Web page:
[image:13598 hspace=1][image:13597 align=left hspace=1]

The glands are cylindrical, somewhat conical, and are composed, like the other, of resin cells enclosed by a membrane. The arrangement of the cells will be best understood by reference to Fig. 2. The glands are 170 to 200 mkm. long and from 70 to 100 mkm. broad. The hairs mixed with them are simple and long, when compared with the short stellate hairs of the common kind. Professor Flückiger is quite sure the two kinds are not obtained from the same plant.

Dr. Dymock, in his "Vegetable Materia Medica of Western India," says: "'Wurs,' or 'wurrus,' which differs from genuine kamala in being a dark purple color, is the gland of the leaf of a leguminous plant, Flemingia Congesta." He was not able to ascertain if it is collected in India or whether it is imported from Arabia. I have not had the pleasure of seeing Dr. Dymock's book; but it was the note, as above, which appeared in "The Mouth" of a recent number of the "Pharmaceutical Journal," which first attracted my attention to kamala and its sources. Thinking it would be interesting to know if commercial kamala was entirely the produce of M. phillipinensis, I obtained samples of the drug from various parts of the country. I find that every one of the specimens obtained from dealers is genuine kamala.

Mr. E. M. Holmes, of the Pharmaceutical Society, has been kind enough to let me have samples of the specimens in the Society's museum. The results of my examination are as follows:

Sample marked "490 b," catalogued "Glands, covering fruit of Rottlera tinctoria," is genuine kamala.

Sample marked "490 c" catalogued "Wurrus, first quality," is identical with the purple variety examined by Professor Flückiger and is presumably the one referred by Dr. Dymock to Flemingia congesta.

Sample marked "490 d," catalogued "Wurrus, second quality." This is totally different from either of the other two varieties spoken of. I have been unable to find any record of a third kind of this drug. I therefore venture to put before you a short description of this specimen. The glands are from 50 to 170 mkm. long, and from 50 to 100 mkm. broad. When seen with the microscope in a dry state they are translucent and but faintly colored yellow. In form they vary very considerably; in fact, there appears to be no prevailing form. They impart but little color to ether, alcohol or solution of caustic potash. The cells are devoid of any such resin as is seen in the other two kinds. In solution of caustic potash they swell considerably, and their structure is rendered clearly visible. They consist of a mass of cells, composed of cellulose, enclosed by a non-cellulose membrane. The cells are not arranged in any particular manner. The general arrangement is shown, when seen in solution of potash, in Fig. 3, B. The hairs are similar to those found in the purple variety, being quite simple.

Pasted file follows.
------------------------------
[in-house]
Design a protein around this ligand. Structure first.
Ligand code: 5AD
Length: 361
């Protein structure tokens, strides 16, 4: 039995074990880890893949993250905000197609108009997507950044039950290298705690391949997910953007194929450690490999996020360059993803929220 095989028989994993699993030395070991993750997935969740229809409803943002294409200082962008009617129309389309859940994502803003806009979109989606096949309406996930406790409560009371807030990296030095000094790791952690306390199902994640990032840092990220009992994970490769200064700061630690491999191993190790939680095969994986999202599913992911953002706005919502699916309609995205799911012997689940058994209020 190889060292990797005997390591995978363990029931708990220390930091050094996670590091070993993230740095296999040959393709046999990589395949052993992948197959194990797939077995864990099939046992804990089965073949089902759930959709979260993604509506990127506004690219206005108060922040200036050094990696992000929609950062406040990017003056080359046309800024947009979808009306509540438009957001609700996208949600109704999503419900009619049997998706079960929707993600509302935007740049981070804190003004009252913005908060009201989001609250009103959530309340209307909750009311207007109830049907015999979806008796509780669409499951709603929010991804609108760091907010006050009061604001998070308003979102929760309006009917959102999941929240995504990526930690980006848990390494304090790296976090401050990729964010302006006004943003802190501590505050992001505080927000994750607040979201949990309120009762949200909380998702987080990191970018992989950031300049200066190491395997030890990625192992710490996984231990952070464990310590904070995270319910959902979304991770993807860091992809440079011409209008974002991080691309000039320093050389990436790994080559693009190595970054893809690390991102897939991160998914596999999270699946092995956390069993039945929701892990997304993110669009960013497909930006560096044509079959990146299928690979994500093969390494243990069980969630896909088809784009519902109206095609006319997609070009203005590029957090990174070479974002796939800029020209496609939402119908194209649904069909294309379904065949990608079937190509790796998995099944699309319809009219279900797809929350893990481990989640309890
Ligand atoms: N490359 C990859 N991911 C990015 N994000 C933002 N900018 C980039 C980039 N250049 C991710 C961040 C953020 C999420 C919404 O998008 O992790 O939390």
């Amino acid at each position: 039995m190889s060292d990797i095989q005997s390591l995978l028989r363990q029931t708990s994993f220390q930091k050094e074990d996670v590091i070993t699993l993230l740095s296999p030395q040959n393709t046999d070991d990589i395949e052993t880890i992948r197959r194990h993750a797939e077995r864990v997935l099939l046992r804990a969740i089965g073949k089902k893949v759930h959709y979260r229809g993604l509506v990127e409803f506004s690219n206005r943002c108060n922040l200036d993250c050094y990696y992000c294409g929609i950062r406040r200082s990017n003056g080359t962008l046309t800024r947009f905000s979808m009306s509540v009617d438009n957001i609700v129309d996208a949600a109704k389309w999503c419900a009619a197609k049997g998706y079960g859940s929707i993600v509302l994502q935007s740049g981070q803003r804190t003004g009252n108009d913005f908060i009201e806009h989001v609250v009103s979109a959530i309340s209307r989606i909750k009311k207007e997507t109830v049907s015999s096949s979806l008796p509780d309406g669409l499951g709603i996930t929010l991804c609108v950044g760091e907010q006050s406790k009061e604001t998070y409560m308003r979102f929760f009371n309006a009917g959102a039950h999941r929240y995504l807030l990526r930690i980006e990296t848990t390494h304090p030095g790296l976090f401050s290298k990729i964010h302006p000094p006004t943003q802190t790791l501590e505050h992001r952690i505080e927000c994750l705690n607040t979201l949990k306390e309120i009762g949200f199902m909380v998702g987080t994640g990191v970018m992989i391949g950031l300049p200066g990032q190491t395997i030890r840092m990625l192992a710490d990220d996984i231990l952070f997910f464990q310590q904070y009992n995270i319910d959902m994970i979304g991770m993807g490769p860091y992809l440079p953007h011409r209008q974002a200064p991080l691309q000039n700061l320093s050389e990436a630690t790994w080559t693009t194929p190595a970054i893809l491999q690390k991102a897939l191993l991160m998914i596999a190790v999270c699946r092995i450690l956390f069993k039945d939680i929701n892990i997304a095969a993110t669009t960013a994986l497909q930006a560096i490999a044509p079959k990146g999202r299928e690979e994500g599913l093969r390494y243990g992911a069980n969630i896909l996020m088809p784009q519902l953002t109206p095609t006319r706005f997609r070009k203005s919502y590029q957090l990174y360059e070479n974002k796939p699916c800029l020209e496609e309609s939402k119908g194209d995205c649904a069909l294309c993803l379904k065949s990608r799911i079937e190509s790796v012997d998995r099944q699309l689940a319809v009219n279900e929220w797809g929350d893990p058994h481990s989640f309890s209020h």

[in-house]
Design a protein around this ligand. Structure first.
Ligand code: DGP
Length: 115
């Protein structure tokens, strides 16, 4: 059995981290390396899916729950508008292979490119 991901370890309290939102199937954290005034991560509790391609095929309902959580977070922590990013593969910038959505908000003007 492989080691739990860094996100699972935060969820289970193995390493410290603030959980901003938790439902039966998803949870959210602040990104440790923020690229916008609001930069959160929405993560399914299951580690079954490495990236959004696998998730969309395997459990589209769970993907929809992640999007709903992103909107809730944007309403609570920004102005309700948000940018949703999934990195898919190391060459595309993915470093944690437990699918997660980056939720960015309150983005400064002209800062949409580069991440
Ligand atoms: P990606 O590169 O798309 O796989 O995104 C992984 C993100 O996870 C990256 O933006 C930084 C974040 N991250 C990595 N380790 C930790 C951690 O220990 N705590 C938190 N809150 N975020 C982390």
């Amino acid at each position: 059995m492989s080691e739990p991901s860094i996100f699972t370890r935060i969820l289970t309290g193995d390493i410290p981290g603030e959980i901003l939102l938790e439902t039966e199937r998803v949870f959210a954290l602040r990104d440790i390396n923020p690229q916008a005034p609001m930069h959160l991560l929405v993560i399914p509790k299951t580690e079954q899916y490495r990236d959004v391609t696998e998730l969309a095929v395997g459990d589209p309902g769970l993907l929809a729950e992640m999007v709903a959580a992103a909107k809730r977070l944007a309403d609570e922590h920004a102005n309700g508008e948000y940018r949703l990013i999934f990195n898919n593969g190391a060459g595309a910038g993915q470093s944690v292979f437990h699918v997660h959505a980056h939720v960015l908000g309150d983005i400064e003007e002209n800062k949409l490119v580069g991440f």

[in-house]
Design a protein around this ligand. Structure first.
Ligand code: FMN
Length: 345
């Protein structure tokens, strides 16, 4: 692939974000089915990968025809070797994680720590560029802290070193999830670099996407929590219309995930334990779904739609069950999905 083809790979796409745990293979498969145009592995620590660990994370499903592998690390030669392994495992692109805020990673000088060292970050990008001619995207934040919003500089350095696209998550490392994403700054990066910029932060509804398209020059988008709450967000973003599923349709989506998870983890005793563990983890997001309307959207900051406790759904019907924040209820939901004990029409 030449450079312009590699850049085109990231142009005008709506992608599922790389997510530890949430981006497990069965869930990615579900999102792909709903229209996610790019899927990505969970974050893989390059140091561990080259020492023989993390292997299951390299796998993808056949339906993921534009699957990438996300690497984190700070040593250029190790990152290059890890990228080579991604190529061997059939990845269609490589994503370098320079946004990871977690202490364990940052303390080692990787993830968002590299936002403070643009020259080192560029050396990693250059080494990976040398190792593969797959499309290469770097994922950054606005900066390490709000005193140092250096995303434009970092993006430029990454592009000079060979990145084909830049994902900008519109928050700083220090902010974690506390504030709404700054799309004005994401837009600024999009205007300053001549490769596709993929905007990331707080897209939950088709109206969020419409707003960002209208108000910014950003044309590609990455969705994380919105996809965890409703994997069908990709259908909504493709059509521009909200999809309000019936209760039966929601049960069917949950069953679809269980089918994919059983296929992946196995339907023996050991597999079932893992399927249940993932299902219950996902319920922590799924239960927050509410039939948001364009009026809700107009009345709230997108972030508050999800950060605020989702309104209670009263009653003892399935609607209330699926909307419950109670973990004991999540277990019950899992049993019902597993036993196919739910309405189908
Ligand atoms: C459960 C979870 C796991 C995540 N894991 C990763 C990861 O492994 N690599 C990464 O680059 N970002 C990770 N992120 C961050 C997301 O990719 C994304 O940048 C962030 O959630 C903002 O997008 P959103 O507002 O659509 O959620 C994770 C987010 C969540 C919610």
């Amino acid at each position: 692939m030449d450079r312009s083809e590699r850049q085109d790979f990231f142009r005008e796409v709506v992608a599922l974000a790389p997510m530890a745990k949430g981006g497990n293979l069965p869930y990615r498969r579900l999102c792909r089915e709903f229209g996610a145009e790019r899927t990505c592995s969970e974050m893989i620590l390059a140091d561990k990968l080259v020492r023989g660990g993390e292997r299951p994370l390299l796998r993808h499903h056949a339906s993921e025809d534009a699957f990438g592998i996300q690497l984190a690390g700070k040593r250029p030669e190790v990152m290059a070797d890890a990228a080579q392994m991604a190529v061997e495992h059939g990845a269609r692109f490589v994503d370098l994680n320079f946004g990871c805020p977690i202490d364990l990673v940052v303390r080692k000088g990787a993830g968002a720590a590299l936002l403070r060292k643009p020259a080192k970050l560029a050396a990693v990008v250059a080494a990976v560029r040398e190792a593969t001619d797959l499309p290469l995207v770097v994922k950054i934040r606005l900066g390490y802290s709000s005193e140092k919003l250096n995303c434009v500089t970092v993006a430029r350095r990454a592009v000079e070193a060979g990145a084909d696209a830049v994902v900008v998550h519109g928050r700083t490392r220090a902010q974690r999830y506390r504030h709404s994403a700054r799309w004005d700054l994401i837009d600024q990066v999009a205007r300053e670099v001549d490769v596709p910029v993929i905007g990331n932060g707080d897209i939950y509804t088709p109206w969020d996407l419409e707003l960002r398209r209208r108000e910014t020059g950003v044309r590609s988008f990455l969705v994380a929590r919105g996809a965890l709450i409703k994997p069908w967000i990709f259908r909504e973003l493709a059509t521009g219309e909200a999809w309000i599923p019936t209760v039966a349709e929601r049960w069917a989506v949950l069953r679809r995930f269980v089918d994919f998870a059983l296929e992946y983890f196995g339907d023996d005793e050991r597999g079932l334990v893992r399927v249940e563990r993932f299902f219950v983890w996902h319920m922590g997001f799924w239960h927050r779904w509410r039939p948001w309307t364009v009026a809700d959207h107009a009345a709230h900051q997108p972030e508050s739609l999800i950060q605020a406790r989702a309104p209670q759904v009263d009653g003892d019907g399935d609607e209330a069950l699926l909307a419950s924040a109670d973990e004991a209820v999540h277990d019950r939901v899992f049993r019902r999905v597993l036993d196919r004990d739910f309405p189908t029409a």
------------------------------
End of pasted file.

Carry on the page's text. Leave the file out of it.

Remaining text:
On drawing Mr. Holmes's attention to this unknown (?) variety, he informed me that he believed it was the second kind mentioned by Dr. Vaughan in his "Notes," and this sample was probably given by him to Mr. Hanbury, who presented it to the Museum.

I trust that some further information regarding the plants yielding the second and third varieties of "wurrus" will soon be forthcoming.

Looking at the last sort from an economic point of view, it would appear to be worthless as a dye, whatever it may be as a medicine.

In conclusion, I beg to tender my thanks to Mr. Holmes, and to Mr. Elborne who has assisted me in obtaining specimens of the drug.—Phar. Jour. and Trans., May 10, 1884, p. 897.

The American Journal of Pharmacy, Vol. 56, 1884, was edited by John M. Maisch.